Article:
Homeless at 9. Abused at 11. Is this Venice Beach Man’s homelessness by choice?

Chad was first homeless at 9 years old. His mom lost the house they were living in, so they moved into their car. After a few years of living between vehicles and homeless shelters with his mother, Chad ended back on the streets homeless at 11 years old. Chad got into am trouble and was placed into foster care, then at 13 he ran away and he has been homeless ever since. Chad is now 28, having spent most of his life homeless.

Chad says, “I don’t like being homeless, but that’s what I mainly know.” Chad has gotten used to homelessness. He’s really known knowing else.

Most people, when they see a homeless person like Chad in Venice Beach, they don’t know the backstory of how that person became homeless. Venice has always been a party city ever since Abbot Kinney founded Venice of America in 1905. Thousands of people, many of thems artists, are attracted to the beach community for its Bohemian lifestyle.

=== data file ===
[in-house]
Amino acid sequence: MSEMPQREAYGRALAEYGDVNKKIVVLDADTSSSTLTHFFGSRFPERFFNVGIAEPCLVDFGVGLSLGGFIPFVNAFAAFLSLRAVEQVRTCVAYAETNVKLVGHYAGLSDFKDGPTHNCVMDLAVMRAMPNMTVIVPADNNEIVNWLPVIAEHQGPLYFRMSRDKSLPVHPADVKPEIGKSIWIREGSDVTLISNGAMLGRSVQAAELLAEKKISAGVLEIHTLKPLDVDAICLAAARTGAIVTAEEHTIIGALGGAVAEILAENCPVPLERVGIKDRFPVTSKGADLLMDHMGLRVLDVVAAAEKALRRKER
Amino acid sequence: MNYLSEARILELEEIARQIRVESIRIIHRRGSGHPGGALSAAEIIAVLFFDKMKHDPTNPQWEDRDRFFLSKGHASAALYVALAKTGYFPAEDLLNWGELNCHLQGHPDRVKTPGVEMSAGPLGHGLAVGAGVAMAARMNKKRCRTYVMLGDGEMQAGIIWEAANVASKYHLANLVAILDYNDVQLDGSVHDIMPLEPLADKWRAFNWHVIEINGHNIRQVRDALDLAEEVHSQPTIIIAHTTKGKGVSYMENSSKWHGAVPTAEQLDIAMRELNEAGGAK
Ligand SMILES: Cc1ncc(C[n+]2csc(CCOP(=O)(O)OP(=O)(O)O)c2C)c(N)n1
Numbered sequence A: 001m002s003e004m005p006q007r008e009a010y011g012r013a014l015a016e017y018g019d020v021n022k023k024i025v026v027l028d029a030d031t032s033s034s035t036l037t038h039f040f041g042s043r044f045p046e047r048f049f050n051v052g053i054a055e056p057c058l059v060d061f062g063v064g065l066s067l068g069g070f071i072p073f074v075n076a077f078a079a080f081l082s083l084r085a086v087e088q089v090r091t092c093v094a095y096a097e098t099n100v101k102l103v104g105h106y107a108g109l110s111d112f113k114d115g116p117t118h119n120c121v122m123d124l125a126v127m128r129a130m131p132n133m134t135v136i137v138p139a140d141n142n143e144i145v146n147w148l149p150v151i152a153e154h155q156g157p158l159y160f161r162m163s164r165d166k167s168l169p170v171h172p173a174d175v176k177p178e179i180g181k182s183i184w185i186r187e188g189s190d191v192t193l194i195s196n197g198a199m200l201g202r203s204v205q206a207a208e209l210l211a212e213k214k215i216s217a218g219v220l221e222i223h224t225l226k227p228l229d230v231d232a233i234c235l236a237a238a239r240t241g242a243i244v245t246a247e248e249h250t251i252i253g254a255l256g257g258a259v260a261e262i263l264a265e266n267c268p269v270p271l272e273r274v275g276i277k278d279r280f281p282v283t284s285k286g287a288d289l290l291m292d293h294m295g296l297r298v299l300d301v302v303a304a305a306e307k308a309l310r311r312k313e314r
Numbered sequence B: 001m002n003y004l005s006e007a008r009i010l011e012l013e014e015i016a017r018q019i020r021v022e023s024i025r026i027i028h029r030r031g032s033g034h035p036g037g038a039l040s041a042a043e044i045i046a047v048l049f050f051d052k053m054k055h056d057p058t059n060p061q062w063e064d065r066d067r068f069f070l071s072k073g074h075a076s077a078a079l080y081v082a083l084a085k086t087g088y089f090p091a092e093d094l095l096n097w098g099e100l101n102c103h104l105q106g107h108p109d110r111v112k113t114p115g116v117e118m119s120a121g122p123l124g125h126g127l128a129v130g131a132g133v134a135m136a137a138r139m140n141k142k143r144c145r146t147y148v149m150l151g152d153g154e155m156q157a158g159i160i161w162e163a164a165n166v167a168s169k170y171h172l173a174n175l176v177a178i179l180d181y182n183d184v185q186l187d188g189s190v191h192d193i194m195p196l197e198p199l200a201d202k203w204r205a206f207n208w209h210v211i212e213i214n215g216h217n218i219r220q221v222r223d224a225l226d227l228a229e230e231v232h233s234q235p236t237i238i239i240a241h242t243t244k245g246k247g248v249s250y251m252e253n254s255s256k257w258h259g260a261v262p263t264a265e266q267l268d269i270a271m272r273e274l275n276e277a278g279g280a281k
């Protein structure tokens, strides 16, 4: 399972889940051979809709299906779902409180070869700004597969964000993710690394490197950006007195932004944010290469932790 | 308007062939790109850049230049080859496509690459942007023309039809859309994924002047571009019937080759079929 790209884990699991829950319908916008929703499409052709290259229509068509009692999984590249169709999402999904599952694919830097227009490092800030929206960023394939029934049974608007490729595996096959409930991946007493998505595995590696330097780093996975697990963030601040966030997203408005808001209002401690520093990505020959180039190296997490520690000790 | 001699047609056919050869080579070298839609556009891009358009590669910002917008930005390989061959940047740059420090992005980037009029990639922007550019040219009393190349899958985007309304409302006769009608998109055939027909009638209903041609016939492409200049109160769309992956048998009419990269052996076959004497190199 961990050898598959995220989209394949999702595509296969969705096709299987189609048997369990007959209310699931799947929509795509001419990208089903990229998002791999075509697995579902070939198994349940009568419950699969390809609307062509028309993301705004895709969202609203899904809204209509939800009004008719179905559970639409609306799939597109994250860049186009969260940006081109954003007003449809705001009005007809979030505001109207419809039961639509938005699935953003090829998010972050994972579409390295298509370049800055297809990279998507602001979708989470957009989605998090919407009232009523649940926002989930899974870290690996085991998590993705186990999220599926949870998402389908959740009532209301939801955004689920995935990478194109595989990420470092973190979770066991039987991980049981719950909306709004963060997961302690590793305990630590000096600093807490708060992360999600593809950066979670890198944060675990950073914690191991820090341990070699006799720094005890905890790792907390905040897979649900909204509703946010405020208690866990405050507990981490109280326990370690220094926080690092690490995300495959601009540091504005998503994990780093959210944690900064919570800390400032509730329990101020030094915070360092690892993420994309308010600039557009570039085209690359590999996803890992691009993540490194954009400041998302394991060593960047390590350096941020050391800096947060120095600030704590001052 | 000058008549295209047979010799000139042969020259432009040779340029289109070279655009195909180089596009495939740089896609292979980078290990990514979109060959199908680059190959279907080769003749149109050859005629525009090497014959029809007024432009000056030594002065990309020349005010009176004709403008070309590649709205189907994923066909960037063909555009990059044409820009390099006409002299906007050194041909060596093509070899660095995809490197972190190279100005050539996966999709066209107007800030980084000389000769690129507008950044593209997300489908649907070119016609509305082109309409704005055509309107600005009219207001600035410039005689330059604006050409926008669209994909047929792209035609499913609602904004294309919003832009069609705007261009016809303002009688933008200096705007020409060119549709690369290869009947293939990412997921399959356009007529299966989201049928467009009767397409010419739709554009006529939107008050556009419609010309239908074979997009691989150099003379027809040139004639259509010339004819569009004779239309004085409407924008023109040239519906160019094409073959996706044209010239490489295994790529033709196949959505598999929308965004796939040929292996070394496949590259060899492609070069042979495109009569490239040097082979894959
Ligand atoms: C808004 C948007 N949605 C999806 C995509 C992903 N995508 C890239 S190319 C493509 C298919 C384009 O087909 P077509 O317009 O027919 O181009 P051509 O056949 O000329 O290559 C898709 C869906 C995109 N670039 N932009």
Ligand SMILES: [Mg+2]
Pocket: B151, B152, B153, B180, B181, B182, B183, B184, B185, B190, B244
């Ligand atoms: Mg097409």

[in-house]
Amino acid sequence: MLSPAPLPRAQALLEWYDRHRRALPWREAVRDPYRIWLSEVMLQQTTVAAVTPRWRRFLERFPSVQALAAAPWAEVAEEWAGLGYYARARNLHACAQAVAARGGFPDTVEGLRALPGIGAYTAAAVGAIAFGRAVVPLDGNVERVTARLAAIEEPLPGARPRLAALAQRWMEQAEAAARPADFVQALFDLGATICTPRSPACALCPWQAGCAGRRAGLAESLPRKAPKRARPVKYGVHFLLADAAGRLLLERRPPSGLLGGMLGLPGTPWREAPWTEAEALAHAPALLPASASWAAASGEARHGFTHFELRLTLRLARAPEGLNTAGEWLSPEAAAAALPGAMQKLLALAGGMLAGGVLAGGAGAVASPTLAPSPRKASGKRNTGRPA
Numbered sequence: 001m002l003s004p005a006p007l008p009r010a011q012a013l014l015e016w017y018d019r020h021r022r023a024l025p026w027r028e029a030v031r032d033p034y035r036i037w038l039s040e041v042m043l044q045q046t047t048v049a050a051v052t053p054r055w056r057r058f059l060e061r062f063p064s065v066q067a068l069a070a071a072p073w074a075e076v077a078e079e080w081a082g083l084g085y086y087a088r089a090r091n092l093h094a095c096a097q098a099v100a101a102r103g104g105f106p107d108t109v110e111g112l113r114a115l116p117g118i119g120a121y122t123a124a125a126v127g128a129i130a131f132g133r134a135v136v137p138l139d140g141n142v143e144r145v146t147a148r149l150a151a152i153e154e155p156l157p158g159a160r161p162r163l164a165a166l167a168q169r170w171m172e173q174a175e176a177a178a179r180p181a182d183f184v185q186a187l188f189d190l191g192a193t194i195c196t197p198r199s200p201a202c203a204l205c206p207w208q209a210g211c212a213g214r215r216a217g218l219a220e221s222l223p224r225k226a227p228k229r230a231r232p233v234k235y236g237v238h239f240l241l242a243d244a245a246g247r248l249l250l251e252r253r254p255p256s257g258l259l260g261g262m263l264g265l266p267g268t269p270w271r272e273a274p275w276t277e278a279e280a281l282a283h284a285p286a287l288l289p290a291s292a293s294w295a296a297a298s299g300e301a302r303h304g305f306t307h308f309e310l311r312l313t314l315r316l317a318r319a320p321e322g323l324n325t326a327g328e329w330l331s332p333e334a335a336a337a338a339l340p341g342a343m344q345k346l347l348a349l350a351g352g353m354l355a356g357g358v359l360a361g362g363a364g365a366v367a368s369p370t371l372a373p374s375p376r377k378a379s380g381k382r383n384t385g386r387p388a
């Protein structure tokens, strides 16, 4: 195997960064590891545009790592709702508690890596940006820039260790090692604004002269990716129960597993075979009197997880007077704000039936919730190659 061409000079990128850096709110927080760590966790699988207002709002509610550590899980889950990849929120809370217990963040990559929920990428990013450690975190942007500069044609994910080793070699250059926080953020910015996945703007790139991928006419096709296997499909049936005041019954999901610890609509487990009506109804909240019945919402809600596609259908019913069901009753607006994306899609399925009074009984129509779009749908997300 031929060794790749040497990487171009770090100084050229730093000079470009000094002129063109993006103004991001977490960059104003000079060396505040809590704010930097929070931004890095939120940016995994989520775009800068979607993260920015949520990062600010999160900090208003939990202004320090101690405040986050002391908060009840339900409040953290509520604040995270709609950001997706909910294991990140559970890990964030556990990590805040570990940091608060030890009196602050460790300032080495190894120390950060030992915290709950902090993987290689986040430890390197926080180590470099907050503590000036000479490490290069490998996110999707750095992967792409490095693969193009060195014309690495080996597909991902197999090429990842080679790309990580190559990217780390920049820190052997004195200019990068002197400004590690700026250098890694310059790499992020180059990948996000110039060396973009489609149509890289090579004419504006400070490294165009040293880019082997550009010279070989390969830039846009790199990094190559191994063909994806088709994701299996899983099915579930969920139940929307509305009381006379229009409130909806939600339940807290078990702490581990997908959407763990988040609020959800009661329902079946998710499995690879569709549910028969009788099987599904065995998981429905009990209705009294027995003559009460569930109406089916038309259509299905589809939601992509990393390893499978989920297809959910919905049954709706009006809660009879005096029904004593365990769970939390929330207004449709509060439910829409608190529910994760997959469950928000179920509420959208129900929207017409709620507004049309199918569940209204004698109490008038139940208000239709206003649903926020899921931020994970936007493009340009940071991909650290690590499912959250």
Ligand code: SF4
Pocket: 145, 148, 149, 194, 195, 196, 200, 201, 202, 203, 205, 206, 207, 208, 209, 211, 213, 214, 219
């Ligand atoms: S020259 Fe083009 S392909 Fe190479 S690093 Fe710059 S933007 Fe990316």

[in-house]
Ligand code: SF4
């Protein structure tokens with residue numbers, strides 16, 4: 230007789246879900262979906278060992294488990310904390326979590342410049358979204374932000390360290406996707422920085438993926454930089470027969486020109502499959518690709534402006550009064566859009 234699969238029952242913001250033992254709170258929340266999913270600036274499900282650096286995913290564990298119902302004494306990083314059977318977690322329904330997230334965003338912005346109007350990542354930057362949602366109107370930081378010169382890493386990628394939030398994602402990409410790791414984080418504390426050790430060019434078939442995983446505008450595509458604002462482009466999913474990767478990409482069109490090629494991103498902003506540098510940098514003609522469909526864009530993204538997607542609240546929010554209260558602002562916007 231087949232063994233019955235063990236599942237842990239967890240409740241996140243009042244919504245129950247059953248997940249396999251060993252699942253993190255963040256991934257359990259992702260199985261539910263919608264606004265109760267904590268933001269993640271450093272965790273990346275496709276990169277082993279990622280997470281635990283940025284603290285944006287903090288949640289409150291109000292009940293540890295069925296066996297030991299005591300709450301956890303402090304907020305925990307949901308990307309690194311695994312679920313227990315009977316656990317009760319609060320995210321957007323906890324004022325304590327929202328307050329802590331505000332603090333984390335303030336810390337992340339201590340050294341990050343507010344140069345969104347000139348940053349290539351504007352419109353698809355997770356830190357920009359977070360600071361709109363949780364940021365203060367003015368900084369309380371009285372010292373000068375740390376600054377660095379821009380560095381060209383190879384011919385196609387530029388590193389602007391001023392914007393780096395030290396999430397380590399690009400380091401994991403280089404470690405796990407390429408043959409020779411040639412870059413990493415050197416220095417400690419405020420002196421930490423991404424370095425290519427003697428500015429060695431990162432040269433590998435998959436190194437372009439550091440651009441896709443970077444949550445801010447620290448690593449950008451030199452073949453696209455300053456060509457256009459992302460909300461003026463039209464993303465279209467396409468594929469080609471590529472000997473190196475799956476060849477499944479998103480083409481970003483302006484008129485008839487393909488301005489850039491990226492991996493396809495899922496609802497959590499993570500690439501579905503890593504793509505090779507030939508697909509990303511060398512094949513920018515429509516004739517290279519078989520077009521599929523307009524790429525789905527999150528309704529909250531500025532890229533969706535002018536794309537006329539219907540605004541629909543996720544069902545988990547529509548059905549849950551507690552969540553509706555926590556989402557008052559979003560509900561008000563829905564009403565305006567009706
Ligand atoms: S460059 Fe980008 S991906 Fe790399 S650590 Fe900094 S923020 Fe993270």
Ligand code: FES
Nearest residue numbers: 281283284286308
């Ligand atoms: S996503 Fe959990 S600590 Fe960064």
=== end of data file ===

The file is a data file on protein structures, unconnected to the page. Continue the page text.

Most people blame homelessness on the person experiencing it instead of on the shortage of affordable housing, gainful employment, living wages, childhood trauma, or countless other reasons that put a person at risk. This lack of understanding creates a dangerous cycle of misperception that leads to the inability to effectively address the root causes of homelessness and poverty, as public sentiment affects public policy.

Some people hold onto the false belief that homelessness is a result of a person’s bad choices. Chad’s never had a chance to be a child or an adult. He’s never had a job. Chad doesn’t even own a pair of shoes. No one is going to hire Chad. There is a very good chance that Chad will spend the rest of his life homeless, dying outside at some point. But you can help change that.

Your voice can help end homelessness. If we do not fix the affordable housing crisis, homelessness will continue to get worse. Click here https://invisiblepeople.tv/getinvolved to tweet, email, call, or Facebook your federal and state legislators to tell them ending homelessness and creating more affordable housing is a priority to you.